July 21, 2024
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July 21, 2024
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Linking Northern and Central NJ, Bronx, Manhattan, Westchester and CT

The Art of Giving Today: A Balancing Act

The Jewish community is currently facing the somewhat unusual combination of heartache and pride, as our brothers and sisters in Israel confront the trials of war against evil. Our hearts, thoughts and prayers are undeniably and understandably directed towards Israel at this trying time, and thinking about our local circumstances, including charitable needs, may seem small and selfish. How can we even consider our local difficulties when the people of Israel have suffered and continue to suffer so much loss and grief?

An essential element of the mitzvah of tzedaka, however, requires our striking a harmonious balance between supporting our global family and our brethren in Israel, and addressing the vital needs of our local charities. Local organizations like Project Ezrah, The Friendship Circle, SINAI, Tomchei Shabbos, Project Yechi, Yachad, the Mikvah, and of course, our yeshivas and shuls, among many others, are part of the lifeblood of our special community, attending to the unique needs and challenges faced by those closest to home—the members of our very own community. And they are all in need of our tzedaka support.

The act of giving, analogous to an art form, requires a delicate brushstroke that considers both the immediate and the broader canvas of our communal responsibilities. Our local charities are woven into the very fabric of our neighborhoods and play a pivotal role in enhancing the day-to-day lives of people who live next door to us, whom we see on the streets of our towns, and who sit near us in shul. This year, some of our local institutions made the decision, due to the war in Israel, not to have their annual fundraising dinners, and therefore may not receive the same donations that a dinner usually brings in. Others, who are holding their dinners, nonetheless anticipate a drop-off in the amount of funds raised. This obviously makes it difficult for these worthy programs to effectively carry out their important missions.

A charity near and dear to my own heart is the Bayit Association, an organization dedicated to the purchasing and renovating of homes in our area to be lived in by adults with intellectual developmental disabilities (IDD). Since the start of the war, I have done very little fundraising for The Bayit, as my heart, thoughts and prayers too are with Israel. But I realize that the adults with IDD living in our community are still going to need housing in our town, despite the situation in Israel. The houses that The Bayit already owns are still going to need renovation to make sure that they are safe and appropriate for our young adults. The Bayit still needs funds from the community.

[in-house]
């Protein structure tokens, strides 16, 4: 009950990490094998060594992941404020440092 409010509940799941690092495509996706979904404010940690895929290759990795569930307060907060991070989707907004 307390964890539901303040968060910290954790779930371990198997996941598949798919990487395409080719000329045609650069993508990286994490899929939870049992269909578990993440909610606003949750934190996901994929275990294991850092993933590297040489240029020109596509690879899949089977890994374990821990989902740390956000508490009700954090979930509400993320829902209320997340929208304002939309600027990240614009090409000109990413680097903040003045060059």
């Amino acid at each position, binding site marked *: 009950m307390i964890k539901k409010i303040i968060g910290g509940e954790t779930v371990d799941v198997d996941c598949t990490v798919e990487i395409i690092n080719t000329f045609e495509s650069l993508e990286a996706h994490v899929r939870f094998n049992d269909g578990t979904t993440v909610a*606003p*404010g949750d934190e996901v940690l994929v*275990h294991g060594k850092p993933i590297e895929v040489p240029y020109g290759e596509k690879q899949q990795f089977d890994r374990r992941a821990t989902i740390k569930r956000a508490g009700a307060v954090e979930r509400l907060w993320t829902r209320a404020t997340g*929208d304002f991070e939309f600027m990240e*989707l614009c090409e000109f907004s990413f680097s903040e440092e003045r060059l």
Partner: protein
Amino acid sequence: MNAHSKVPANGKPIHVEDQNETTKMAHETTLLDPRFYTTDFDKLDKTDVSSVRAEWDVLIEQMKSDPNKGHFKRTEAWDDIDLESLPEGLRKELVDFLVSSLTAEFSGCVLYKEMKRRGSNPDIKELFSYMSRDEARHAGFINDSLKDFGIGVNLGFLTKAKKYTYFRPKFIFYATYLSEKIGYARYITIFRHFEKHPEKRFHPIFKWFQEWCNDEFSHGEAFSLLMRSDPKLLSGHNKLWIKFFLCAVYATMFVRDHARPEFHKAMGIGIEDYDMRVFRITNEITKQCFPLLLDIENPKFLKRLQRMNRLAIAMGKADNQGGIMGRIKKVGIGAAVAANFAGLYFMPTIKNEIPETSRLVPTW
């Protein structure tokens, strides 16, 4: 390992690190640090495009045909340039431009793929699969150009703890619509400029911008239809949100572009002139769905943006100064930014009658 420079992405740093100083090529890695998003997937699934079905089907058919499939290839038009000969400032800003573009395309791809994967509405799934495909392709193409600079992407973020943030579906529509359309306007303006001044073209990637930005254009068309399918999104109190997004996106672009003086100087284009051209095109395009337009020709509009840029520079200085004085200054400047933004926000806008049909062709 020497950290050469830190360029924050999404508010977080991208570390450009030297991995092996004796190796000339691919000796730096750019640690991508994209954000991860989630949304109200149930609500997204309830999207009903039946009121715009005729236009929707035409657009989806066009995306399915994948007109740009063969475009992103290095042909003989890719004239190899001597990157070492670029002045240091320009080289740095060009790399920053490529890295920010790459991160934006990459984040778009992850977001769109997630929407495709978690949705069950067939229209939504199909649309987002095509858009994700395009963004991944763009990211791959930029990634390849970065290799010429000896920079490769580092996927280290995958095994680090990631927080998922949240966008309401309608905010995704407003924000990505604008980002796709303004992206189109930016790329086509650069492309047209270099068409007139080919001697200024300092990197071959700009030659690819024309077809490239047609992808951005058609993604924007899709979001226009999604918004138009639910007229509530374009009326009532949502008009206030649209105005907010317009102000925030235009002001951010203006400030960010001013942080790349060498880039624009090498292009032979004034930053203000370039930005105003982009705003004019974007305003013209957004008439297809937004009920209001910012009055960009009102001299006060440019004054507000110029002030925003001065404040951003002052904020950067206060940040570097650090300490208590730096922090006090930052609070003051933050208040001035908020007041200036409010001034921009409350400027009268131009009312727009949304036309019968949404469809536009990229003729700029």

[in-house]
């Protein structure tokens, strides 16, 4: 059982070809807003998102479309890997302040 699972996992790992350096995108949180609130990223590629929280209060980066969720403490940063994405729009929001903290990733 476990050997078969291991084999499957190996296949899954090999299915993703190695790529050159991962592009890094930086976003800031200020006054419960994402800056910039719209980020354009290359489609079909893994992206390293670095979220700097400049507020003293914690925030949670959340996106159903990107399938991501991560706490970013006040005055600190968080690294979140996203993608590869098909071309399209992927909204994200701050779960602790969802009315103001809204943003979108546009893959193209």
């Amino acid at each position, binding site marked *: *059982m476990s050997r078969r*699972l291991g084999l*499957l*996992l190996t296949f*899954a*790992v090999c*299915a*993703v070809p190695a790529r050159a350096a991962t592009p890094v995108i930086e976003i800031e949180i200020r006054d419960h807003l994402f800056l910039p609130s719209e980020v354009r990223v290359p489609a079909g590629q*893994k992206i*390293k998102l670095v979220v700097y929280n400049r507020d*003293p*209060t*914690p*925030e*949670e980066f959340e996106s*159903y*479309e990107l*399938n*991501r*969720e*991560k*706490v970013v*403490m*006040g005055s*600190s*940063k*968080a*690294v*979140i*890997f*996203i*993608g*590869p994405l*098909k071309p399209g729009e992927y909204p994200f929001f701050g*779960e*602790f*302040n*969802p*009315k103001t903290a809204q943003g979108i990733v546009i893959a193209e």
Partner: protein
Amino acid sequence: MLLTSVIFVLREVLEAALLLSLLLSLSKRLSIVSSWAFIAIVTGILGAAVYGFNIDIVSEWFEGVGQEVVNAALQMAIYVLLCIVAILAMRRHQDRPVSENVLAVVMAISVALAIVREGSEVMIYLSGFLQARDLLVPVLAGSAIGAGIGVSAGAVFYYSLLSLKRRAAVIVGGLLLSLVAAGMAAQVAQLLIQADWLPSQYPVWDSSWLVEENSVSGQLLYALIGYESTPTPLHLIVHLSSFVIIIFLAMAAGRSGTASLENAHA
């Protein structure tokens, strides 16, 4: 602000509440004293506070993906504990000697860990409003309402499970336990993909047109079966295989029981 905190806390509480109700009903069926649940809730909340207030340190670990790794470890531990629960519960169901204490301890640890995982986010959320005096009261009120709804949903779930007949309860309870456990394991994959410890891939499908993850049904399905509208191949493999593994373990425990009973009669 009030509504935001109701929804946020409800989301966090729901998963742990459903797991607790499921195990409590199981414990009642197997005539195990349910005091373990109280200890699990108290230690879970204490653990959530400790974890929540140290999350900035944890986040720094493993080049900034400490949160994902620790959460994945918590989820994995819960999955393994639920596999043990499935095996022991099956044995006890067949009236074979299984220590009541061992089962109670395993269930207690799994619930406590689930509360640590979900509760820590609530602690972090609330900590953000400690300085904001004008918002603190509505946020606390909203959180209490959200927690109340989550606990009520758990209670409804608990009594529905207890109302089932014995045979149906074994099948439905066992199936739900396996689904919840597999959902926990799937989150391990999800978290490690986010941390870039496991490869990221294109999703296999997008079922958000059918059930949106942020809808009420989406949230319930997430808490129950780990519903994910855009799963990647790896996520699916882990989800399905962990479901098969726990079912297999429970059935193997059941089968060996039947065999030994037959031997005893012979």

Similarly, families of people with cancer are still going to need support, the hungry will still need to be fed, and our children will still need a sound education in our schools. Supporting the organizations that provide these services is not only an investment in the well-being of our immediate community, but also a testament to the enduring strength reflective of our sense of communal unity and responsibility. Local charities, tackling issues ranging from poverty to joblessness to education to mental and emotional well-being, have a direct and tangible impact on the lives of our own neighbors. By extending our strong support to these organizations, we continue to contribute to a resilient, thriving community capable of weathering various storms.

In times of crisis, such as the current struggles in Israel, the art of giving takes on added significance. The Jewish community’s commitment to standing with our brethren overseas must be steadfast, as our support for Israel remains unwavering, but we must not forget the invaluable work being done by local institutions, addressing the immediate concerns that shape the quality of life for our entire community. The delicate dance of giving thus involves a dual commitment—one to the Israel community and the other to the local initiatives that define the very character of our own community. The art of giving, therefore, involves navigating a nuanced approach that balances the urgency of the needs of the people of Israel with the ongoing, everyday needs of those here at home.

In this delicate interplay between Israel and local institutions, the artistry lies in understanding that both are essential components of a vibrant and compassionate Jewish world. Gifts to both at this time can result in a practical tax advantage; generous end-of-year charitable contributions are thus both meaningful and practical. The Jewish community’s ability to extend a helping hand to our brethren in Israel while maintaining a focus on the pressing needs of our local organizations exemplifies the true art of giving. It is a testament to the richness of our spirit, where every act of generosity contributes to the creation of a world where giving knows no bounds.


Beth S. (Bassie) Taubes, RN, CHC, CYT, is the owner of Wellness Motivations LLC. She motivates clients of all backgrounds, ages and health conditions to engage in improved self-care through nutritional counseling, personal fitness training, yoga practice, breath training, tai chi, and stress reduction techniques. She is also the rebbetzin of Congregation Zichron Mordechai in Teaneck. She can be reached at [email protected], wellnessmotivationsbt.com.

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